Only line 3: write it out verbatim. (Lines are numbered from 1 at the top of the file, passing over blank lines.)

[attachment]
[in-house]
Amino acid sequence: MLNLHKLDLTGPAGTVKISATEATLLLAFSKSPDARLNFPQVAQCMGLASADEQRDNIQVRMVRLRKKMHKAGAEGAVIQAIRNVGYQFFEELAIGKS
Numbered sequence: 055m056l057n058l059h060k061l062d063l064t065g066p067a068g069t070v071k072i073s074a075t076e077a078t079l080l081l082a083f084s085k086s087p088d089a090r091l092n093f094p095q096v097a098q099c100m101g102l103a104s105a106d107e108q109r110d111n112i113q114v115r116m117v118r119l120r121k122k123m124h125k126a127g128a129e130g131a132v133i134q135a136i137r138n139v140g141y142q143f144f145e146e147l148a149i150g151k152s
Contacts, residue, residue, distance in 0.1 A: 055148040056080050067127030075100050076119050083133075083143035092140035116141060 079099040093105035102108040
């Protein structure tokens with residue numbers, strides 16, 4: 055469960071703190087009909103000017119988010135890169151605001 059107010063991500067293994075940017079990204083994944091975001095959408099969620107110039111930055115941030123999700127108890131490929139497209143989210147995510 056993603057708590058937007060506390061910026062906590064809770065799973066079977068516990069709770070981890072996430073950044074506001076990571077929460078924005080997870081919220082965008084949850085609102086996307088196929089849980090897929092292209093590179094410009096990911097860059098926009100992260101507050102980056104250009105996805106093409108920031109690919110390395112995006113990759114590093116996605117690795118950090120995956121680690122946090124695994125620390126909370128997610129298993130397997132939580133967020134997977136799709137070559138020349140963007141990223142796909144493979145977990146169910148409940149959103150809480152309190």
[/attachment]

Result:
Numbered sequence: 055m056l057n058l059h060k061l062d063l064t065g066p067a068g069t070v071k072i073s074a075t076e077a078t079l080l081l082a083f084s085k086s087p088d089a090r091l092n093f094p095q096v097a098q099c100m101g102l103a104s105a106d107e108q109r110d111n112i113q114v115r116m117v118r119l120r121k122k123m124h125k126a127g128a129e130g131a132v133i134q135a136i137r138n139v140g141y142q143f144f145e146e147l148a149i150g151k152s